Vocals are the crown jewels in the realm of music production.
That’s why knowing how to EQ vocals correctly is vital 一 it can truly make or break your track.
EQing vocals is an art, with its canvas being the frequency spectrum.
It involves highlighting the vocal’s strengths while reducing any harsh or overbearing elements, ultimately striving for a sound that fits perfectly into your mix.
This process requires knowledge, intuition, and a deep understanding of sound and frequency.
Luckily, we’ll be breaking it all down for you today.
In this comprehensive guide, we’ll delve deep into the subject, sharing expertise and insights gained from years of experience in the industry.
- Understanding the basics of Vocal EQ ✓
- The essential steps of EQing vocals ✓
- The vocal recording process, frequency range, and bass frequencies ✓
- Vocal EQ settings ✓
- Detailed analysis of male & female vocals ✓
- How to tackle common vocal EQ challenges ✓
- Expert tips & tricks for EQing vocals ✓
By the end of this guide, you’ll be equipped with the knowledge and techniques about how EQ vocals like an absolute pro.
You’ll understand how to work with different vocal types, deal with common challenges, and make informed decisions during the EQ process.
So, let’s dive in…
Table of Contents
- How to EQ Vocals: Understanding the Basics
- Parametric EQ & Dynamic EQ
- EQing Vocals: The Essential Steps
- The Art of EQing Vocals
- An In-depth Analysis of Male and Female Vocals
- Overcoming Muddiness & Harshness in Vocals
- Dealing with Vocals that Sound Unnatural or Sound Thin
- The Proximity Effect
- Cutting Problematic Frequencies
- Boosting Frequencies to Enhance Vocal Sound
- EQing Vocals in the Mixing Stage
- Bonus: 2 Pro Tips
- How To EQ Vocals: Final Thoughts
How to EQ Vocals: Understanding the Basics
Let’s get started by covering what vocal EQ is, the frequency spectrum, high-pass filters, low-pass filters, and more.
What is Vocal EQ?
Vocal EQ is a crucial aspect of music production that involves the manipulation of specific frequency ranges in vocal recordings.
It’s the key to achieving a clear, balanced vocal sound that cuts through the mix without clashing with other elements.
Your musical journey isn’t complete without mastering how to EQ vocals effectively.
Diving a bit into the technical side, the process of EQing vocals involves:
- Boosting certain frequencies
- Cutting certain frequencies
- Attenuating certain frequencies
The primary goal is to enhance the desirable aspects of the vocal sound and suppress those parts that are not needed or are interfering with the overall mix.
Remember, there’s no one-size-fits-all setting when it comes to Vocal EQ…
The right EQ settings vary based on the nature of the vocals and the genre of music.
Remember to always trust your ears, have patient, and always be open to experimentation.
Frequency Spectrum & The Human Voice
The human voice falls within a broad frequency spectrum, and it’s essential to comprehend this to EQ vocals effectively (and when recording vocals).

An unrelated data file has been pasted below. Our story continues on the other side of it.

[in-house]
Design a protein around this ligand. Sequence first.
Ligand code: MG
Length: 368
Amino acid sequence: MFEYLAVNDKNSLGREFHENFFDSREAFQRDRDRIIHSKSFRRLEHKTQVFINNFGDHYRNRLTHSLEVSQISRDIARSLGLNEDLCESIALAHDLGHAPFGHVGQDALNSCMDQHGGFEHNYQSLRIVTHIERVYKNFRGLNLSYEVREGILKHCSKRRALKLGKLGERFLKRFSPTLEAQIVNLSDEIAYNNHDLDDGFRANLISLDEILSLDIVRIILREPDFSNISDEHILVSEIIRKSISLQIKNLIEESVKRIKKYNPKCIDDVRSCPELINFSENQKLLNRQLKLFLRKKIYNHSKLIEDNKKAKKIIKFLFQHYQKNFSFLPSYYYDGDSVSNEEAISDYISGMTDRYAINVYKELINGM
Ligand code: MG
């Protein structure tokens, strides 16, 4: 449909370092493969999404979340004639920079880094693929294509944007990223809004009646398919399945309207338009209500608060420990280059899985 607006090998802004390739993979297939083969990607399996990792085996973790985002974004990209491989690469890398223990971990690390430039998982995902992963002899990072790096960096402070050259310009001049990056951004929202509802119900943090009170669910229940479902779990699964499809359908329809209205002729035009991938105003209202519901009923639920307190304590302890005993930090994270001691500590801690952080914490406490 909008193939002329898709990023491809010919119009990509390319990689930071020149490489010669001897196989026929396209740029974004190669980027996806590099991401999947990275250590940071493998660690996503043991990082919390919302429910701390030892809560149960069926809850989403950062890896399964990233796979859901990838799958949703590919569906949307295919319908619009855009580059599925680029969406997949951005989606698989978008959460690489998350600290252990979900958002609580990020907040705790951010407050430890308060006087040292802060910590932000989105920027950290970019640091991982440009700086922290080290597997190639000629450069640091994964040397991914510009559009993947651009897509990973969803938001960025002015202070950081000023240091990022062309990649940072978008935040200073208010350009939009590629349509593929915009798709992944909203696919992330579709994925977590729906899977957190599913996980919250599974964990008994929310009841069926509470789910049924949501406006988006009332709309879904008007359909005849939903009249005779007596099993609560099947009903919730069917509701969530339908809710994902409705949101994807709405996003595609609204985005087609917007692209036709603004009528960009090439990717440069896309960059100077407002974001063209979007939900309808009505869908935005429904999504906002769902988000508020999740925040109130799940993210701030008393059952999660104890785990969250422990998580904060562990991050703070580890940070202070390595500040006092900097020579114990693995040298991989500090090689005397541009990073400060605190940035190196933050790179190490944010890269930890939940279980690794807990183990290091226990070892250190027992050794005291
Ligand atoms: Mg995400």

Each voice is a complex mix of fundamental frequencies and harmonics that create unique characteristics.
These frequencies are key to understanding the vocal sound and how to manipulate it using EQ.
For a deeper grasp, consider using a spectrum analyzer tool.
This tool displays the frequency content of your audio signal and helps you visually identify which frequencies are most prominent in your vocal track.
The fundamental frequency of the human voice usually falls between 100 Hz and 12 kHz.
- Male vocals tend to be lower (100 Hz to 6 kHz)
- Female vocals tend to be higher (350 Hz to 17 kHz)
But remember, these are rough estimates.
Every voice is unique, and you should always listen carefully to determine the frequency range of the specific vocals you’re working with.
High-pass Filters & Low-pass Filters
Understanding how to use high-pass and low-pass filters is crucial to shaping your entire vocal sound.
These are the two most basic types of EQ filters and serve as powerful tools in your EQ toolkit.
A high-pass filter (HPF) 一 Allows frequencies above a certain point to pass through while attenuating (reducing) the frequencies below that point.
For example, applying a high-pass filter at 100 Hz on a vocal track would reduce the impact of any frequencies below 100 Hz.
This cleans up any low-frequency rumble that might muddy the vocal sound.
A low-pass filter (LPF) 一 Allows frequencies below a certain point to pass through, attenuating frequencies above that threshold.
A low-pass filter is less commonly used on vocals, but it can be handy for taming excessively bright or harsh vocals.
The Vocal EQ Chart & Vocal EQ Settings
Visual aids like a vocal EQ chart can help demystify the process of EQing vocals and vocal EQ settings.
These charts provide a generalized frequency range for different characteristics of the human voice; guiding where you might want to boost or cut to achieve certain tonal effects.
It’s not a vocal EQ cheat sheet, but more of a starting point for your EQ decisions.
For example, the fundamental frequencies of vocals usually lie in the 100 Hz – 1 kHz range.
Boosting in this area can add fullness, but be careful: too much boost might result in a muddy sound.
- The 1 kHz – 2 kHz range 一 Often adds presence and clarity.
- The 2 kHz – 6 kHz range 一 Can increase definition and intelligibility.
Frequencies above 6 kHz add airiness and can brighten up the vocals.
However, too much boost might lead to sibilance or a harsh sound.